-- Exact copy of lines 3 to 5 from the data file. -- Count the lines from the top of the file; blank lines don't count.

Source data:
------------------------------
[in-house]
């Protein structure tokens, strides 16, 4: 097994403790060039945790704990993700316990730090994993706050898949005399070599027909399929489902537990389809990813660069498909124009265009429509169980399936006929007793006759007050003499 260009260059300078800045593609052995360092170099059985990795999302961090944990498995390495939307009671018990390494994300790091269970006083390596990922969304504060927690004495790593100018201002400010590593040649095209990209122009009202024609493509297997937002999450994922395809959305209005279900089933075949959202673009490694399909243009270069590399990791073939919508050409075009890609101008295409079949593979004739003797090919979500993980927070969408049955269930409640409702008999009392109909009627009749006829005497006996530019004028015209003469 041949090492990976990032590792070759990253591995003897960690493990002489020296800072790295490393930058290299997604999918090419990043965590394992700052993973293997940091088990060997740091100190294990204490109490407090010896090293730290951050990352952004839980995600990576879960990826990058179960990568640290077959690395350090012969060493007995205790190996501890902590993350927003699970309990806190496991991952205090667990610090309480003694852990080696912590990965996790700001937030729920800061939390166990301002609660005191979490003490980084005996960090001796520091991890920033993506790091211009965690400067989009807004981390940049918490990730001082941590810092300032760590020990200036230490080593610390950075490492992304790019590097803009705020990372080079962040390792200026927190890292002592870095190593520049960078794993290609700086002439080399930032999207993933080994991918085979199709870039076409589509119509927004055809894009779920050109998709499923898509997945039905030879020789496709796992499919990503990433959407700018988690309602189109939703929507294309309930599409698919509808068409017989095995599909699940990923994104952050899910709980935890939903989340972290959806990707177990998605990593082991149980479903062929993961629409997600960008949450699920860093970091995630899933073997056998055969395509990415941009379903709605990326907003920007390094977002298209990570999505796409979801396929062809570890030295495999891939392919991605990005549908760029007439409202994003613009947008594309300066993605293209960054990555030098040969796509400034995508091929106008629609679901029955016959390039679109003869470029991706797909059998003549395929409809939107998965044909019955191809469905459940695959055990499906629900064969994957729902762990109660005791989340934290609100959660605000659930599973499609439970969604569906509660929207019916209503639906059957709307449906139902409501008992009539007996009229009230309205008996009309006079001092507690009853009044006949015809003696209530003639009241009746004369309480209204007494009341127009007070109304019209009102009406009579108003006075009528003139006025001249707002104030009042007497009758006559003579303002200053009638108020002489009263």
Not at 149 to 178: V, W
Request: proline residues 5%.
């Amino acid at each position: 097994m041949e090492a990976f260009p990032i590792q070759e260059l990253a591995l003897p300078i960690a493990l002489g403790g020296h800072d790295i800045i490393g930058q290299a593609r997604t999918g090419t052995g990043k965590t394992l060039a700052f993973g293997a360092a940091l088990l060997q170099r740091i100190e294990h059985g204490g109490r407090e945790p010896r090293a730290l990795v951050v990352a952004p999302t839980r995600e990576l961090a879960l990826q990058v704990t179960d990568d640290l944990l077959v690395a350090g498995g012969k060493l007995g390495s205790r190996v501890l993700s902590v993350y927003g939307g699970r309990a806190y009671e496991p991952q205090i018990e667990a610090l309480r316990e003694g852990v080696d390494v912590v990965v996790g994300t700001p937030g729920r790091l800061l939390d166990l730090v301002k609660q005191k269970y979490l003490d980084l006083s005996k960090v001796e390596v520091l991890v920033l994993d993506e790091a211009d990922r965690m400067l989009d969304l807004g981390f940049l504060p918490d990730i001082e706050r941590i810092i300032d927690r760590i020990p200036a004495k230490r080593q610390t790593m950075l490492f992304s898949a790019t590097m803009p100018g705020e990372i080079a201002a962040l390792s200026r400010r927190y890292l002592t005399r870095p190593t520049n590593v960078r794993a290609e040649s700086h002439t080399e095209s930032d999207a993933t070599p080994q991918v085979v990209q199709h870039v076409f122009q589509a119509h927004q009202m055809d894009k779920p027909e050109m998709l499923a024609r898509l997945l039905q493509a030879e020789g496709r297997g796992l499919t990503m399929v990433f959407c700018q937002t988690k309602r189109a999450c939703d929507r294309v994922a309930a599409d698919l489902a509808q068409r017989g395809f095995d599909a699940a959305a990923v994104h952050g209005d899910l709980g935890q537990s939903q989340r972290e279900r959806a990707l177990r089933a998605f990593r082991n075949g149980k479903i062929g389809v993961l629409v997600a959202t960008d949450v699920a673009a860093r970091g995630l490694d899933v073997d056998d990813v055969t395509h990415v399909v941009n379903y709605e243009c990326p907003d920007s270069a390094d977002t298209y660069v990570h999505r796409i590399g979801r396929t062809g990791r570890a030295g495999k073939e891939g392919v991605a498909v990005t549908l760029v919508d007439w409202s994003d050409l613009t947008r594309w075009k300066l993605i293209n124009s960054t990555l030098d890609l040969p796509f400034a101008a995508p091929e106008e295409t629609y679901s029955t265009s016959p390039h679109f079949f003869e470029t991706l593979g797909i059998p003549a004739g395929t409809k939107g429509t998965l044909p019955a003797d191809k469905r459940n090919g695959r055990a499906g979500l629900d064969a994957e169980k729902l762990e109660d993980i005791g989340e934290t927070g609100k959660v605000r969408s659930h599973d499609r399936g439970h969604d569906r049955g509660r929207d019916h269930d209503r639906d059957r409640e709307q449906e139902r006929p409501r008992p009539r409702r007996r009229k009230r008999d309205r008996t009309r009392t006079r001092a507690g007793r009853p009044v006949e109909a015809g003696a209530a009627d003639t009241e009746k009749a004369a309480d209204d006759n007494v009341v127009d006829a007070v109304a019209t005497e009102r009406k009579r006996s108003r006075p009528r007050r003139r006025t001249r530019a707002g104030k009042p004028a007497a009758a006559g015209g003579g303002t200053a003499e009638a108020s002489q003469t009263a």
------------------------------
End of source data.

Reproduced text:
Not at 149 to 178: V, W
Request: proline residues 5%.
């Amino acid at each position: 097994m041949e090492a990976f260009p990032i590792q070759e260059l990253a591995l003897p300078i960690a493990l002489g403790g020296h800072d790295i800045i490393g930058q290299a593609r997604t999918g090419t052995g990043k965590t394992l060039a700052f993973g293997a360092a940091l088990l060997q170099r740091i100190e294990h059985g204490g109490r407090e945790p010896r090293a730290l990795v951050v990352a952004p999302t839980r995600e990576l961090a879960l990826q990058v704990t179960d990568d640290l944990l077959v690395a350090g498995g012969k060493l007995g390495s205790r190996v501890l993700s902590v993350y927003g939307g699970r309990a806190y009671e496991p991952q205090i018990e667990a610090l309480r316990e003694g852990v080696d390494v912590v990965v996790g994300t700001p937030g729920r790091l800061l939390d166990l730090v301002k609660q005191k269970y979490l003490d980084l006083s005996k960090v001796e390596v520091l991890v920033l994993d993506e790091a211009d990922r965690m400067l989009d969304l807004g981390f940049l504060p918490d990730i001082e706050r941590i810092i300032d927690r760590i020990p200036a004495k230490r080593q610390t790593m950075l490492f992304s898949a790019t590097m803009p100018g705020e990372i080079a201002a962040l390792s200026r400010r927190y890292l002592t005399r870095p190593t520049n590593v960078r794993a290609e040649s700086h002439t080399e095209s930032d999207a993933t070599p080994q991918v085979v990209q199709h870039v076409f122009q589509a119509h927004q009202m055809d894009k779920p027909e050109m998709l499923a024609r898509l997945l039905q493509a030879e020789g496709r297997g796992l499919t990503m399929v990433f959407c700018q937002t988690k309602r189109a999450c939703d929507r294309v994922a309930a599409d698919l489902a509808q068409r017989g395809f095995d599909a699940a959305a990923v994104h952050g209005d899910l709980g935890q537990s939903q989340r972290e279900r959806a990707l177990r089933a998605f990593r082991n075949g149980k479903i062929g389809v993961l629409v997600a959202t960008d949450v699920a673009a860093r970091g995630l490694d899933v073997d056998d990813v055969t395509h990415v399909v941009n379903y709605e243009c990326p907003d920007s270069a390094d977002t298209y660069v990570h999505r796409i590399g979801r396929t062809g990791r570890a030295g495999k073939e891939g392919v991605a498909v990005t549908l760029v919508d007439w409202s994003d050409l613009t947008r594309w075009k300066l993605i293209n124009s960054t990555l030098d890609l040969p796509f400034a101008a995508p091929e106008e295409t629609y679901s029955t265009s016959p390039h679109f079949f003869e470029t991706l593979g797909i059998p003549a004739g395929t409809k939107g429509t998965l044909p019955a003797d191809k469905r459940n090919g695959r055990a499906g979500l629900d064969a994957e169980k729902l762990e109660d993980i005791g989340e934290t927070g609100k959660v605000r969408s659930h599973d499609r399936g439970h969604d569906r049955g509660r929207d019916h269930d209503r639906d059957r409640e709307q449906e139902r006929p409501r008992p009539r409702r007996r009229k009230r008999d309205r008996t009309r009392t006079r001092a507690g007793r009853p009044v006949e109909a015809g003696a209530a009627d003639t009241e009746k009749a004369a309480d209204d006759n007494v009341v127009d006829a007070v109304a019209t005497e009102r009406k009579r006996s108003r006075p009528r007050r003139r006025t001249r530019a707002g104030k009042p004028a007497a009758a006559g015209g003579g303002t200053a003499e009638a108020s002489q003469t009263a």